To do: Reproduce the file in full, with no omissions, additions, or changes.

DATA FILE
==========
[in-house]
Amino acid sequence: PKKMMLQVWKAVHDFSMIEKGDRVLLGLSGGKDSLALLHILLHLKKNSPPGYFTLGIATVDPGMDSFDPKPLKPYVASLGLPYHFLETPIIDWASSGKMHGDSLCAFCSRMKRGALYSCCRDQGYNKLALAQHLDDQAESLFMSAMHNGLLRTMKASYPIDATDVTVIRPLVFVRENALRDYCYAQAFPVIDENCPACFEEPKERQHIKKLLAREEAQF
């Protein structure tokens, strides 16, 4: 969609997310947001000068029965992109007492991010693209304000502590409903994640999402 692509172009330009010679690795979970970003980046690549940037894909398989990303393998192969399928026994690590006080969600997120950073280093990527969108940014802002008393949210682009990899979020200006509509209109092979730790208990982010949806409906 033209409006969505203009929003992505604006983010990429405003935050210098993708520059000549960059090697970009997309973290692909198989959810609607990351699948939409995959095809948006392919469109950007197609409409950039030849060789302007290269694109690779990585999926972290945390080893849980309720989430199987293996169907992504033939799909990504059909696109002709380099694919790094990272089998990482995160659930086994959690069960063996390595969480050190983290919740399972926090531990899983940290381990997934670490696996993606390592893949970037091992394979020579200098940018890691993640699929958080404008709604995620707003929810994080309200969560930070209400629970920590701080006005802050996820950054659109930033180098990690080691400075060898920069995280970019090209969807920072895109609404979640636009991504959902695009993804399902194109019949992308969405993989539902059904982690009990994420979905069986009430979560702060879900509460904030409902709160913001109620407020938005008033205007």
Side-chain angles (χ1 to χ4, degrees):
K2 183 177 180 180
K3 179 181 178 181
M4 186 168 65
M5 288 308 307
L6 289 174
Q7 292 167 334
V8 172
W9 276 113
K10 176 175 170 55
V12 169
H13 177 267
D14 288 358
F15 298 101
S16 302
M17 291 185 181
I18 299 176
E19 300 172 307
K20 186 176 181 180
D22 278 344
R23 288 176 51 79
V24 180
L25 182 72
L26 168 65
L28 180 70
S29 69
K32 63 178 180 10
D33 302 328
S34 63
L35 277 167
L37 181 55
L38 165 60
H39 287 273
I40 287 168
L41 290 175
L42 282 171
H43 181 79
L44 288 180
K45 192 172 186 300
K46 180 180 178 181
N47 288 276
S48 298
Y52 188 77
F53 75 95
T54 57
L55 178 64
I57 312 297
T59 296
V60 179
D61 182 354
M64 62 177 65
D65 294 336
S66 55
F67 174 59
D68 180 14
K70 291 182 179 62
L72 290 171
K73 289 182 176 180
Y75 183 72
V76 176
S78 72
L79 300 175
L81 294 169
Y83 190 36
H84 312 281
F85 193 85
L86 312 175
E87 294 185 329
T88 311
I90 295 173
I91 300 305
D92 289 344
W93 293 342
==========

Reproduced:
[in-house]
Amino acid sequence: PKKMMLQVWKAVHDFSMIEKGDRVLLGLSGGKDSLALLHILLHLKKNSPPGYFTLGIATVDPGMDSFDPKPLKPYVASLGLPYHFLETPIIDWASSGKMHGDSLCAFCSRMKRGALYSCCRDQGYNKLALAQHLDDQAESLFMSAMHNGLLRTMKASYPIDATDVTVIRPLVFVRENALRDYCYAQAFPVIDENCPACFEEPKERQHIKKLLAREEAQF
């Protein structure tokens, strides 16, 4: 969609997310947001000068029965992109007492991010693209304000502590409903994640999402 692509172009330009010679690795979970970003980046690549940037894909398989990303393998192969399928026994690590006080969600997120950073280093990527969108940014802002008393949210682009990899979020200006509509209109092979730790208990982010949806409906 033209409006969505203009929003992505604006983010990429405003935050210098993708520059000549960059090697970009997309973290692909198989959810609607990351699948939409995959095809948006392919469109950007197609409409950039030849060789302007290269694109690779990585999926972290945390080893849980309720989430199987293996169907992504033939799909990504059909696109002709380099694919790094990272089998990482995160659930086994959690069960063996390595969480050190983290919740399972926090531990899983940290381990997934670490696996993606390592893949970037091992394979020579200098940018890691993640699929958080404008709604995620707003929810994080309200969560930070209400629970920590701080006005802050996820950054659109930033180098990690080691400075060898920069995280970019090209969807920072895109609404979640636009991504959902695009993804399902194109019949992308969405993989539902059904982690009990994420979905069986009430979560702060879900509460904030409902709160913001109620407020938005008033205007």
Side-chain angles (χ1 to χ4, degrees):
K2 183 177 180 180
K3 179 181 178 181
M4 186 168 65
M5 288 308 307
L6 289 174
Q7 292 167 334
V8 172
W9 276 113
K10 176 175 170 55
V12 169
H13 177 267
D14 288 358
F15 298 101
S16 302
M17 291 185 181
I18 299 176
E19 300 172 307
K20 186 176 181 180
D22 278 344
R23 288 176 51 79
V24 180
L25 182 72
L26 168 65
L28 180 70
S29 69
K32 63 178 180 10
D33 302 328
S34 63
L35 277 167
L37 181 55
L38 165 60
H39 287 273
I40 287 168
L41 290 175
L42 282 171
H43 181 79
L44 288 180
K45 192 172 186 300
K46 180 180 178 181
N47 288 276
S48 298
Y52 188 77
F53 75 95
T54 57
L55 178 64
I57 312 297
T59 296
V60 179
D61 182 354
M64 62 177 65
D65 294 336
S66 55
F67 174 59
D68 180 14
K70 291 182 179 62
L72 290 171
K73 289 182 176 180
Y75 183 72
V76 176
S78 72
L79 300 175
L81 294 169
Y83 190 36
H84 312 281
F85 193 85
L86 312 175
E87 294 185 329
T88 311
I90 295 173
I91 300 305
D92 289 344
W93 293 342